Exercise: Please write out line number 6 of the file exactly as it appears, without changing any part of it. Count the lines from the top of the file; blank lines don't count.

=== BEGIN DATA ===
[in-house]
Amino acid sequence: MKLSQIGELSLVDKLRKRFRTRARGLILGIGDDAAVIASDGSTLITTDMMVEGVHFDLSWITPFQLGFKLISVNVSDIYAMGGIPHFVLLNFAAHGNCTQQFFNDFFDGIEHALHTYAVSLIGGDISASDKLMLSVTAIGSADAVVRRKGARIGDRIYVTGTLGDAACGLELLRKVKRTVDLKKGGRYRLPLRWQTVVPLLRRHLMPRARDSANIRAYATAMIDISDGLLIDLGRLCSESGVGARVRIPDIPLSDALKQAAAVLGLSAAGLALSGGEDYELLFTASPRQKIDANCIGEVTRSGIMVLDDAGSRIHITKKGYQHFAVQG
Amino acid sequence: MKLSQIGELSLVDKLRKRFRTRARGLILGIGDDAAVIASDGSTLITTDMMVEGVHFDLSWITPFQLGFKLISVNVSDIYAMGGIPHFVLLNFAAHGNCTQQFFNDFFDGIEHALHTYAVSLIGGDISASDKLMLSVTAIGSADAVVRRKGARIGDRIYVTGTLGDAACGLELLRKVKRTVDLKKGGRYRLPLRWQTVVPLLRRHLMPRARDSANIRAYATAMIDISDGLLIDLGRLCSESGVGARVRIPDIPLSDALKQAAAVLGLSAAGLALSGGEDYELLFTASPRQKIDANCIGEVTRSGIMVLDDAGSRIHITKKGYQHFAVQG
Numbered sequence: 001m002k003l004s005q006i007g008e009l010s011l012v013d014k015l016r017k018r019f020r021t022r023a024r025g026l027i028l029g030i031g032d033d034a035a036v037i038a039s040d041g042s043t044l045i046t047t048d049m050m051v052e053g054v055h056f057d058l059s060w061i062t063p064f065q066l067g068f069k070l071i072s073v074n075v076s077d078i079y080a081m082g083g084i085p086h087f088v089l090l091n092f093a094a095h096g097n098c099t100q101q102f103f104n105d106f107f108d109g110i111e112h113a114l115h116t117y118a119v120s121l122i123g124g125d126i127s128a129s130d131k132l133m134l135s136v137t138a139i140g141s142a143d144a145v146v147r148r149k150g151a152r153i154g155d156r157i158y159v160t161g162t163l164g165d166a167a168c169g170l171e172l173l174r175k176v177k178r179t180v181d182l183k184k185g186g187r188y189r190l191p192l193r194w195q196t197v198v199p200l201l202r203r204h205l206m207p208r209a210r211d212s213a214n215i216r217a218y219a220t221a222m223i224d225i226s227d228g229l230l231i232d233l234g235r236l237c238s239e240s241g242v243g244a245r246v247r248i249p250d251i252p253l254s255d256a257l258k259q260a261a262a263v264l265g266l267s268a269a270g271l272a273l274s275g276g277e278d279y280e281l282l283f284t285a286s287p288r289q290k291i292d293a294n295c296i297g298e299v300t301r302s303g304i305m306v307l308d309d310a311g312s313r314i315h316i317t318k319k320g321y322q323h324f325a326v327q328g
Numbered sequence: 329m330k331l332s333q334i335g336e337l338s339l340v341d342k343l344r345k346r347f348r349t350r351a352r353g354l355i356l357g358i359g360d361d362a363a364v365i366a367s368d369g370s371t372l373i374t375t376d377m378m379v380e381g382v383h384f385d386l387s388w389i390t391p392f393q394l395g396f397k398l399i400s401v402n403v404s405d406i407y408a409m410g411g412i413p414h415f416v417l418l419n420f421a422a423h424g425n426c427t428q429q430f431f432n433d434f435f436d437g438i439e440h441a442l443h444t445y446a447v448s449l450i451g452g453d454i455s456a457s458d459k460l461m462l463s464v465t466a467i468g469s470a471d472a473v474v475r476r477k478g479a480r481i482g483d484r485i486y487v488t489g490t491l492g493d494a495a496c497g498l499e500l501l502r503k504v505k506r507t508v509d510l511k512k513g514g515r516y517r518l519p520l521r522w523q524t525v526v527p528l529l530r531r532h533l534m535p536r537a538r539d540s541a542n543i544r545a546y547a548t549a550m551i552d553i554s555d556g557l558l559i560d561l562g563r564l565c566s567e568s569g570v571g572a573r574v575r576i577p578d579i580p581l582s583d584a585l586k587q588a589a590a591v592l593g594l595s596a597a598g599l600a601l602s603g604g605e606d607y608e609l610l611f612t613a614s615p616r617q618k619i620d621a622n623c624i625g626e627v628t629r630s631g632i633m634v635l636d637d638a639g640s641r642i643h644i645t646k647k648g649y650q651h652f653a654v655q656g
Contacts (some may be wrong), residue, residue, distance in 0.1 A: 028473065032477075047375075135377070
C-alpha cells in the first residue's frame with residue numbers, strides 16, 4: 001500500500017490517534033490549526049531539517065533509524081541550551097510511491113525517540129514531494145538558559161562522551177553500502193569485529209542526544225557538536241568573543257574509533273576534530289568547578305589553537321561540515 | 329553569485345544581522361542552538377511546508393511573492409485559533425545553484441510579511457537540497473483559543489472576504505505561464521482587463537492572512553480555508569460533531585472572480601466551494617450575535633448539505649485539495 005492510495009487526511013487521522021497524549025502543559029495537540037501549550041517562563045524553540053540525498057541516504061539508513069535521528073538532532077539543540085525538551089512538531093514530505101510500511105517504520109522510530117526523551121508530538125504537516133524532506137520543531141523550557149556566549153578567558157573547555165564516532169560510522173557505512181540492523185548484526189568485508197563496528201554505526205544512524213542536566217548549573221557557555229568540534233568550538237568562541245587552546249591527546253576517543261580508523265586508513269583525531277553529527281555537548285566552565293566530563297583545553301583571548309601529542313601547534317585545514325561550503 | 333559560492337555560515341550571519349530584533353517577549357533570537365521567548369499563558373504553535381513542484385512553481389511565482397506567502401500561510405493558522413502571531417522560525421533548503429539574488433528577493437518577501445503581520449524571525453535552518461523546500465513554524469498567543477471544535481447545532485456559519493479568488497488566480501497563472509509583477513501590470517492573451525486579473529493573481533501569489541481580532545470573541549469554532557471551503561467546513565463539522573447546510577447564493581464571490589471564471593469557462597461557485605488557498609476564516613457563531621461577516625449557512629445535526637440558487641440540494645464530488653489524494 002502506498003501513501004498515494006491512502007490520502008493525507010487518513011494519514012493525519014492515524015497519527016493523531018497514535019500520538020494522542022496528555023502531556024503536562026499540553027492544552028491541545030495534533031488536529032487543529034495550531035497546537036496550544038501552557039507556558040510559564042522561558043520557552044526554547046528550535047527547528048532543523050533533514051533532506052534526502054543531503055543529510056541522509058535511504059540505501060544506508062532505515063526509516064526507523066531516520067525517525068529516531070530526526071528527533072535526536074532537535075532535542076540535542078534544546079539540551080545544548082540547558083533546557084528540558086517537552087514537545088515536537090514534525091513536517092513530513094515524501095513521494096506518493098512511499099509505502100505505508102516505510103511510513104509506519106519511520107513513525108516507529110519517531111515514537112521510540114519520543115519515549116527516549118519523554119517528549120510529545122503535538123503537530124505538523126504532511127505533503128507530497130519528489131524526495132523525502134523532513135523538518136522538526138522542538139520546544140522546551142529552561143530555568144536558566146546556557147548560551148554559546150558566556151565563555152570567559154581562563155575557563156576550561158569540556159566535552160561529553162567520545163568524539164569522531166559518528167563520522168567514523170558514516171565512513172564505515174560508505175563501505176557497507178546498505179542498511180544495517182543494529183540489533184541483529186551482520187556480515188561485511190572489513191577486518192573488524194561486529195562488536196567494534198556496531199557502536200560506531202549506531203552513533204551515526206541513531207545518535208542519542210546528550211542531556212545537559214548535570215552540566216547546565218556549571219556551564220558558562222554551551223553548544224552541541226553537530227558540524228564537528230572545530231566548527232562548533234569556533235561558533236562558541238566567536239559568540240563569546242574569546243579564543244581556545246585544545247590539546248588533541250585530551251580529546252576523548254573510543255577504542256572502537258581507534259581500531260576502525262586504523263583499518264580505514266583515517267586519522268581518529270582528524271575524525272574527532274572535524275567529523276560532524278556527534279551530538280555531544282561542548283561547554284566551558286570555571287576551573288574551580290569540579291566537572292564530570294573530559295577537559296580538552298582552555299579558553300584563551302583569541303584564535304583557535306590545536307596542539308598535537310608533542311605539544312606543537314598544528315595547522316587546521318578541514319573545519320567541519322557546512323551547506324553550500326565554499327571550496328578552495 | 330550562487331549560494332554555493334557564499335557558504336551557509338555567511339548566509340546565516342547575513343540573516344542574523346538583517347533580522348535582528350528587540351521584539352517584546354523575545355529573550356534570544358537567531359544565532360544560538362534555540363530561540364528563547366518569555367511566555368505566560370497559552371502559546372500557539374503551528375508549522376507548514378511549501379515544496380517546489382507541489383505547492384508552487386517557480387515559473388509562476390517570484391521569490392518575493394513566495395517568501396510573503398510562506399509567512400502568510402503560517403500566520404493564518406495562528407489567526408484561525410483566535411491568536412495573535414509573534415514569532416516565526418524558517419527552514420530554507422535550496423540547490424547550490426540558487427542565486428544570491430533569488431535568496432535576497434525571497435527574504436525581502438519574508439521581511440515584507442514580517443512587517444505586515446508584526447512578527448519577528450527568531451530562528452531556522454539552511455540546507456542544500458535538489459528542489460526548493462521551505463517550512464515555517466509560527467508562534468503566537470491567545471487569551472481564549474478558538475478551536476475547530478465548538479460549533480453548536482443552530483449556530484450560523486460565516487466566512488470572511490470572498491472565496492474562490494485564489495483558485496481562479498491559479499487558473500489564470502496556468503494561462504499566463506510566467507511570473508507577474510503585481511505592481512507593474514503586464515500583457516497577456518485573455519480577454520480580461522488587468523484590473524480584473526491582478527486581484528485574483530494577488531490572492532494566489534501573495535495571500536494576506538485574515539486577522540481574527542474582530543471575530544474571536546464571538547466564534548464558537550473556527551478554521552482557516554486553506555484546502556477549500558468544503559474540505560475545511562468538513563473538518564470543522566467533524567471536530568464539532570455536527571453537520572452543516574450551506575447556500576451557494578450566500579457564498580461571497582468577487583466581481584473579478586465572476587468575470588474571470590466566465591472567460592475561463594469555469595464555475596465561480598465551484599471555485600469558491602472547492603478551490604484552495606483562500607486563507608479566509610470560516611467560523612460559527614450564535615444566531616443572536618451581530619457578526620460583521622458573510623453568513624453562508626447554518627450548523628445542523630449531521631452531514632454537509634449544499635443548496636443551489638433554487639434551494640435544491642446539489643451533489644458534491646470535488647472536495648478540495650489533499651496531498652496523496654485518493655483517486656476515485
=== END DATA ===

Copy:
Contacts (some may be wrong), residue, residue, distance in 0.1 A: 028473065032477075047375075135377070